Baines' triple helps O's run down Rangers, 6-4

April 17, 1994|By Tom Keegan | Tom Keegan,Sun Staff Writer

ARLINGTON, Texas -- The biggest nightmare for any pitcher opposing the Orioles came to life last night at The Ballpark in Arlington.

The bases were loaded, the game was tied in the eighth inning, and Orioles manager Johnny Oates had Harold Baines at his disposal.

Ouch.

That Baines came through in the clutch to lift the Orioles to a 6-4 comeback victory over the Texas Rangers was not a surprise. Where he stopped running after hitting Tom Henke's pitch was the stunner.

Pinch hitting for designated hitter Jack Voigt, Baines delivered his first triple since April 24, 1991, when he played for the Oakland Athletics.

It ended a 394-game triple drought for Baines and continued the season-opening tear of the hitter who grows more productive the older he gets, the more worn down his knees become.

Baines' drive punctuated a four-run eighth-inning rally that gave the Orioles a 6-3 lead in a game they trailed 3-0 after six innings.

"He's the best hitter on that team," Henke said of Baines. "I had nowhere to put him. So I just went right after him. I'm not going to lose any sleep over it. It's not like we're pitching to Little Leaguers."

The hit sailed past Texas right fielder Rob Ducey, rattled around in the corner briefly and drew a throw to the plate. Baines slid into third after Rafael Palmeiro, Cal Ripken and Chris Hoiles scored ahead of him.

"I guess this ballpark's built for triples," Oates joked. "Harold hasn't stayed around this long without doing something right."

Ripken's one-out single to left had scored Brady Anderson from second to tie the score at 3. Anderson had reached on a leadoff single and took second on Mike Devereaux's sacrifice bunt.

In the bottom of the eighth, Alan Mills, relieving Jim Poole, struck out Dean Palmer on three swinging strikes to strand two runners in scoring position and preserve the Orioles' three-run lead.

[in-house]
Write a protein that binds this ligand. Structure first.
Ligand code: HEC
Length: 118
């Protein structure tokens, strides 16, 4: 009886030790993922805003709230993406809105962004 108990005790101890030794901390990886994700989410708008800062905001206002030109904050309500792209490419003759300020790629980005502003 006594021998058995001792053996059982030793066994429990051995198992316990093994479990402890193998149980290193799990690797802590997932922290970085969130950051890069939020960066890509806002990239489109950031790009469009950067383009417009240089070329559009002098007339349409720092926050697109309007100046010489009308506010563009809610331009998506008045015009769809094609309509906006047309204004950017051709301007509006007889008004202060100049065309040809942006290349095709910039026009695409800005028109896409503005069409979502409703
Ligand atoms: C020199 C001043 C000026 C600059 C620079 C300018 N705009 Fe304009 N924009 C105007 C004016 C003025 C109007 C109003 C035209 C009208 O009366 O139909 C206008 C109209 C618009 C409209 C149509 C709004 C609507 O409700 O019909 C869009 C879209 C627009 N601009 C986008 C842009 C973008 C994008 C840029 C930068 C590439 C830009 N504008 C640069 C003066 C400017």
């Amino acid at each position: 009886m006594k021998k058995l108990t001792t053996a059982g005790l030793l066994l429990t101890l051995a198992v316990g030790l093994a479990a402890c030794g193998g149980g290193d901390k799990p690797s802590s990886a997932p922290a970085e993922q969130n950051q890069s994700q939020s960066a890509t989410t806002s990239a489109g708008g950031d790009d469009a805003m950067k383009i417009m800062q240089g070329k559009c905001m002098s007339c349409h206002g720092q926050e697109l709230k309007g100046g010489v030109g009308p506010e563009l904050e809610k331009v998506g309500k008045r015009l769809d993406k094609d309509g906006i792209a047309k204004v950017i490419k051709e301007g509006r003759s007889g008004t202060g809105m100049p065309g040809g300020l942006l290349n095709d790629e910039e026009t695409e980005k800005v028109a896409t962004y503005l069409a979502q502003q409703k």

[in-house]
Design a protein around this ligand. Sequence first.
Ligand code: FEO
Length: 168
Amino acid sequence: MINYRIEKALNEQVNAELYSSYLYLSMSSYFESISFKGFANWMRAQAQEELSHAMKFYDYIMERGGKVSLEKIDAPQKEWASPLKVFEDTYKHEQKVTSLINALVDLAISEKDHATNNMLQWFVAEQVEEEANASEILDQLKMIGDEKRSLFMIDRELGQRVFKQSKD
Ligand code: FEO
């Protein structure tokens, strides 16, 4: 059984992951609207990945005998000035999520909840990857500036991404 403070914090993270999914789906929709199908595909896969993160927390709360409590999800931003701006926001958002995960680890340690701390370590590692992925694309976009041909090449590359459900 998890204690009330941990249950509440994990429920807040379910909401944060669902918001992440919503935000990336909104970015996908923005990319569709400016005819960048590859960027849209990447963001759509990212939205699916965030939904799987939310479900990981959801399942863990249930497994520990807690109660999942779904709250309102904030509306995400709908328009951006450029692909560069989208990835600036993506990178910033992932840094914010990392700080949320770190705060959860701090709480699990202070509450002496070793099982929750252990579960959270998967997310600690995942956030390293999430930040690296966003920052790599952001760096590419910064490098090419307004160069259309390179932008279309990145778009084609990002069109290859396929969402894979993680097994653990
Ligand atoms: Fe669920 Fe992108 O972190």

Lee Smith pitched the ninth to earn his fifth save in five tries, but it took him 30 pitches to get it. Smith allowed one unearned run that came as a result of second baseman Mark McLemore's first error.

Hitting .389 with three home runs and nine RBI, Baines started each of the Orioles' first nine games. Texas started left-hander Kenny Rogers and Oates used the opportunity to let Baines rest his knees.

Rest is what winning pitcher Ben McDonald (3-0) provided the Orioles' bullpen on the night he joined teammate Mike Mussina as the only three-game winners in the American League. McDonald lasted 7 2/3 innings, allowed seven hits and three runs. He threw 115 pitches.

McDonald's effort appeared in vain until Palmeiro awakened an Orioles offense that had produced just nine runs in the previous three games by leading off the seventh with his fourth home run.

That started a two-inning span in which the Orioles scored as many runs (six) as they had the previous two games.

McDonald had taken a three-hit shutout into the sixth, but a 3-0 deficit out of it.

Jose Canseco hit his third home run, all coming against the Orioles, and second in as many nights, with one on and one out. Just before the homer the Orioles botched a rundown play that enabled David Hulse to steal third and turn Canseco's blast into a two-run homer.

One out later, Will Clark cleared the fence in right-center for his second home run.

Palmeiro's fourth home run, which bounced off the "Rafael Thanks for the Memories" sign hanging from the upper deck in right field, was his second against his former team, breaking a string of 13consecutive outs for Kenny Rogers and his close friend's shutout bid.

"I bought it and put it up there," Palmeiro joked of the sign.

Palmeiro took his time circling the bases and later said the louder the crowd booed, the more he enjoyed it.

Ripken followed with a walk, bringing Leo Gomez up for his first at-bat of the season. Gomez doubled down the left-field line to score Ripken and bring the Orioles within 3-2.

Voigt bounced to second and McLemore walked, bringing up Jeffrey Hammonds. Rangers manager Kevin Kennedy brought right-hander Cris Carpenter in from the bullpen to replace

Rogers. Wise move. Hammonds grounded to Palmer at third, who threw to second for the inning-ending force.

Through six innings, the Orioles threw as many fits as they had hits.

One.

Third baseman Chris Sabo accounted for both.

Sabo argued home plate umpire John Shulock's called third strike in such a (four-letter) way as to draw an ejection, the first of the year for the Orioles.

Sabo, who has been ejected several times in his career, also was in the middle of the Orioles' best opportunity to get to Rogers early. It came in the second, when they loaded the bases with one out. Rogers walked Hoiles, Sabo singled to left, and Rogers hit Voigt with a pitch.

McLemore, a .306 hitter with runners in scoring position for the Orioles, didn't deliver this time, grounding to short for an inning-ending double play.

Rogers, the first left-handed starter to face the Orioles, set the tone by striking out Anderson, Devereaux and Palmeiro in order in the first.

Rogers struck out Anderson twice more and got Devereaux once more, pushing Anderson's season strikeout total to 13 and Devereaux's to 15.

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